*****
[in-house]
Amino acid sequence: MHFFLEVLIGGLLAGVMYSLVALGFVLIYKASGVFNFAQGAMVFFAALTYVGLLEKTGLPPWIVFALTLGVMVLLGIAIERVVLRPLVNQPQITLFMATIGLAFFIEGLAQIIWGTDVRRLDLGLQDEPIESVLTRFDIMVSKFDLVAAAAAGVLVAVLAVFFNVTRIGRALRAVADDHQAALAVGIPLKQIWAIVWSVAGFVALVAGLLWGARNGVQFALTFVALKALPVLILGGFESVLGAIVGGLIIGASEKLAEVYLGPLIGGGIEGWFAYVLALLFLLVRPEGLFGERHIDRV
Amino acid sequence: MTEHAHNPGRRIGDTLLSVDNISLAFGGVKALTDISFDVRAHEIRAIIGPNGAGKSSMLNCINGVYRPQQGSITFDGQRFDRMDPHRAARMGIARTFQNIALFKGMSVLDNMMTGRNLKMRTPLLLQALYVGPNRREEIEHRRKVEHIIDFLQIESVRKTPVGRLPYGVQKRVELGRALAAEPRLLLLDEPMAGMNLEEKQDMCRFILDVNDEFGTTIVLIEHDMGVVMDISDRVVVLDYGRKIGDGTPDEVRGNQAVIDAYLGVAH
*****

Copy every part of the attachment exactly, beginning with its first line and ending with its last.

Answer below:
[in-house]
Amino acid sequence: MHFFLEVLIGGLLAGVMYSLVALGFVLIYKASGVFNFAQGAMVFFAALTYVGLLEKTGLPPWIVFALTLGVMVLLGIAIERVVLRPLVNQPQITLFMATIGLAFFIEGLAQIIWGTDVRRLDLGLQDEPIESVLTRFDIMVSKFDLVAAAAAGVLVAVLAVFFNVTRIGRALRAVADDHQAALAVGIPLKQIWAIVWSVAGFVALVAGLLWGARNGVQFALTFVALKALPVLILGGFESVLGAIVGGLIIGASEKLAEVYLGPLIGGGIEGWFAYVLALLFLLVRPEGLFGERHIDRV
Amino acid sequence: MTEHAHNPGRRIGDTLLSVDNISLAFGGVKALTDISFDVRAHEIRAIIGPNGAGKSSMLNCINGVYRPQQGSITFDGQRFDRMDPHRAARMGIARTFQNIALFKGMSVLDNMMTGRNLKMRTPLLLQALYVGPNRREEIEHRRKVEHIIDFLQIESVRKTPVGRLPYGVQKRVELGRALAAEPRLLLLDEPMAGMNLEEKQDMCRFILDVNDEFGTTIVLIEHDMGVVMDISDRVVVLDYGRKIGDGTPDEVRGNQAVIDAYLGVAH